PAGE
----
Tuesday, September 17, 2013

A Mediator's Perspective on Detroit's Bankruptcy

It has been reported that Detroit's creditors and its emergency manager have begun to meet with the mediator assigned to Detroit's bankruptcy proceeding, and so begins the slow and painful process by which a consensual plan for the adjustment of Detroit's debts will be constructed.

As a commercial mediator, I would expect that the process will follow a certain pattern.

Initially, the parties will identify their positions.  Detroit's emergency manager has already put a bid on the table, 80% haircut for bond creditors.  The bond creditors will insist on no haircut, although they are willing to negotiate some terms.  This, of course, will proceed nowhere.

The mediator's task at this point is to move the parties off their respective positions, and have them identify their interests.

Detroit's emergency manager will identify a whole host of Detroit interests that he wants Detroit to be able to pursue, from infrastructure improvements to basic health and safety upgrades, and he will insist that Detroit cannot pursue these without financial flexibility garnered through a radical reduction in Detroit's outstanding debt.

The creditors' interests are that they avoid financial loss, but they are willing to continue to participate in the construction of the financial solution to Detroit's reconstruction.  They will argue that Detroit will not be able to resolve its issues without continued access to financing, and future financing will not be on offer if current creditors are forced to bear losses.  Bond insurers, who in game theoretic terms are repeat players, have a particular interest in not taking a haircut that signals any willingness to accept losses in future restructurings.

At this point, the mediator will need to make a pivot, to avoid having the parties continue to dig themselves into an argumentative hole.  This mediator's pivot often involves the realization that there are not enough parties at the table, and indeed the most important party to the solution of the conflict is missing.

In order to resolve this conflict, the mediator will need for the State of Michigan to get involved in the process of crafting the solution.  Michigan was instrumental in creating the conflict, inasmuch as Detroit was unable to file as a chapter 9 debtor without enabling legislation passed in the Michigan legislature and signed by the Michigan governor.  Michigan Governor Snyder specifically authorized Detroit's chapter 9 filing.  Now, Michigan needs to be instrumental in resolving the conflict.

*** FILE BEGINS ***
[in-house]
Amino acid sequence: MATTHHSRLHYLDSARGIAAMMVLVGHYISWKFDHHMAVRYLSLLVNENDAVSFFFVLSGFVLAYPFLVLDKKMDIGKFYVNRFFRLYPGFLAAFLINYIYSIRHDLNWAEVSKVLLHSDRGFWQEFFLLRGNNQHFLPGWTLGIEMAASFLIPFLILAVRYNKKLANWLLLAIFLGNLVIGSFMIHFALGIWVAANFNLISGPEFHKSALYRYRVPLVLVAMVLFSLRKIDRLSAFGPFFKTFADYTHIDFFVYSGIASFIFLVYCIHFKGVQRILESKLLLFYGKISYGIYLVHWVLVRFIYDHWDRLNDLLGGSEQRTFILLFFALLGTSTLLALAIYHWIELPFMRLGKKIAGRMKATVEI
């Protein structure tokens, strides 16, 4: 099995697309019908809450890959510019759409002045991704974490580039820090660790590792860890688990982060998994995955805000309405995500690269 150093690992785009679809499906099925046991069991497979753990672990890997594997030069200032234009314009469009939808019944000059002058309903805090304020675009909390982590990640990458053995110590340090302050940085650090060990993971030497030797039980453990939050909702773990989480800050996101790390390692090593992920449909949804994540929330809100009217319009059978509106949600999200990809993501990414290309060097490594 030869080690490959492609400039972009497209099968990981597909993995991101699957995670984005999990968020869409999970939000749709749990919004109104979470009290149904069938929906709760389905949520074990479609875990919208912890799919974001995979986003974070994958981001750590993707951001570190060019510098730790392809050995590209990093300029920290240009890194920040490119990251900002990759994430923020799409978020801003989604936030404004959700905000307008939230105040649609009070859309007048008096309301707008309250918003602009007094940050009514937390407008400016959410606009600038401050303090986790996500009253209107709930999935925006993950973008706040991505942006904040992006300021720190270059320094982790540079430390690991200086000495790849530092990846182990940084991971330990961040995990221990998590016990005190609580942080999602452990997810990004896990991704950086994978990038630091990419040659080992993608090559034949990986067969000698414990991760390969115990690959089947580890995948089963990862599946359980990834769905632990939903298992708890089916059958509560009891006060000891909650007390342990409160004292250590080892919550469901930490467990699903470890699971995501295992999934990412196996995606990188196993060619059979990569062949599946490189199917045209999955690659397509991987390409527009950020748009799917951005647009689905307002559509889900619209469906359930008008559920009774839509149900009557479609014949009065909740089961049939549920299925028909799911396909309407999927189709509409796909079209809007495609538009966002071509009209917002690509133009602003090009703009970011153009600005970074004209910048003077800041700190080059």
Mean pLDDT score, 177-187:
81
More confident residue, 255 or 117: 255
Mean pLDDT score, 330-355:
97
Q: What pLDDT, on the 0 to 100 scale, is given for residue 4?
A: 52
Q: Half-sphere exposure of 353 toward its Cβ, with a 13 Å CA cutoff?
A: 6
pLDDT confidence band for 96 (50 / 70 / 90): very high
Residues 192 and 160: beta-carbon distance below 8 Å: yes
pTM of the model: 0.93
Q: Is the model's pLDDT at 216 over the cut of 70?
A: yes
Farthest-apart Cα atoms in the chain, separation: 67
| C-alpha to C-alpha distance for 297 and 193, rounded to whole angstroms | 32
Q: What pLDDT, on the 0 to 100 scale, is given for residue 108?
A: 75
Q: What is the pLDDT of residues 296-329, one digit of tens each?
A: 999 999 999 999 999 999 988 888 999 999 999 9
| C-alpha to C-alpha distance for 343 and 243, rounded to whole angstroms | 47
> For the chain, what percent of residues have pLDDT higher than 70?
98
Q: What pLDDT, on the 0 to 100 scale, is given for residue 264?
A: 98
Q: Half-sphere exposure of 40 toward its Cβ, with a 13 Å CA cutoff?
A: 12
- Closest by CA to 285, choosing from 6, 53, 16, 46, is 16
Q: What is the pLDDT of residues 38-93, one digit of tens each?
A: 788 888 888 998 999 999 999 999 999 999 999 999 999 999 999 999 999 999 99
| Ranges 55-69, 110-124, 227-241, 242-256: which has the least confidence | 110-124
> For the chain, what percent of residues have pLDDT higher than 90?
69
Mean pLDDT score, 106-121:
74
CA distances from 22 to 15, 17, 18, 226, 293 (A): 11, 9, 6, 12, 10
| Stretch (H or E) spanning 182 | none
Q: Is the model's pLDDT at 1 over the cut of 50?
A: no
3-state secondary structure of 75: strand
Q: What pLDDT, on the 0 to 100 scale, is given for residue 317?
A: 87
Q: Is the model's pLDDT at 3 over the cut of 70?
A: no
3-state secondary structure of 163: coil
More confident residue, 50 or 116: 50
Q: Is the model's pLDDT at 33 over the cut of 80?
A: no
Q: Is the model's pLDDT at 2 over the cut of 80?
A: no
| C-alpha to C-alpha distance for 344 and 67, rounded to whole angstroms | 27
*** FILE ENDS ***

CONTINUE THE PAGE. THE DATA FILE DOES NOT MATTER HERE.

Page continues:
Michigan has every interest in seeing Detroit exit bankruptcy and have continued access to the financial markets.  The quicker Detroit is able to accomplish this, the sooner Michigan's other municipalities will escape the financing taint of Detroit's bankruptcy by association.  Moreover, Michigan's participation in Detroit's plan will provide political cover for difficult sale and outsourcing decisions Detroit will likely have to embrace, much as Pontiac had to do.

How might Michigan bring Detroit and its creditors together?  It could take any number of practical solutions, such as having Michigan, or some financial subdivision, act as a first loss guarantor on a certain amount of principal and interest of Detroit's refinancings coming out of bankruptcy.  Michigan could also sponsor private/public partnerships that would invest in Detroit infrastructure improvements. 

Detroit's pension leaders have a constructive role to play in crafting a solution that doesn't just involve accepting a haircut.  One might remember the wisdom and courage of Victor Gotbaum some 40 years ago when he pledged that DC37 would buy New York City bonds that no one else wanted. But one might think it reasonable for Detroit's pension leaders to ask what role Michigan is going to play before they commit pension assets.

There are many possible solutions, but I don't see the mediator getting any of these possible solutions on the table unless Michigan is at the table.

Thursday, September 12, 2013

The Difference Between Detroit and Puerto Rico

It seems muniland has gone on a Puerto Rico default watch recently, as it searches the next domino to fall after Detroit.  This is misguided.  Dominoes is a particularly inapt analogy to use in analyzing risk in muniland (as Meredith Whitney might have learned), and this Puerto Rico default watch too shall soon pass.

The principal difference between Detroit and Puerto Rico is that Detroit wanted to default and Puerto Rico doesn't want to default.  Detroit carefully planned out its default, getting special state legislation passed to enable it to become a chapter 9 debtor, and Detroit's game plan is to impose significant haircuts on bond and pension creditors, since Detroit knows it won't be able to access public muniland markets after its chapter 9 filing until well after the cows come home.

Puerto Rico cannot avail itself of chapter 9, and the last thing it wants is to commence a massive creditor restructuring outside of a court-supervised process.  This is not to say that Puerto Rico doesn't face significant economic development issues going forward, but muniland should regard Puerto Rico's successful pension reform that it concluded earlier this year as the best evidence that Puerto Rico not only needs public finance markets but that, unlike Detroit, Puerto Rico places great importance on having continued access to them.

Disclosure:  No holdings of Detroit or Puerto Rico debt.
NB:  this blog is not intended to be investment advice, and should not be relied upon by anyone to constitute investment advice.  Investing is a tough game, and everyone must do and "own" their own work, because you will certainly own your investments.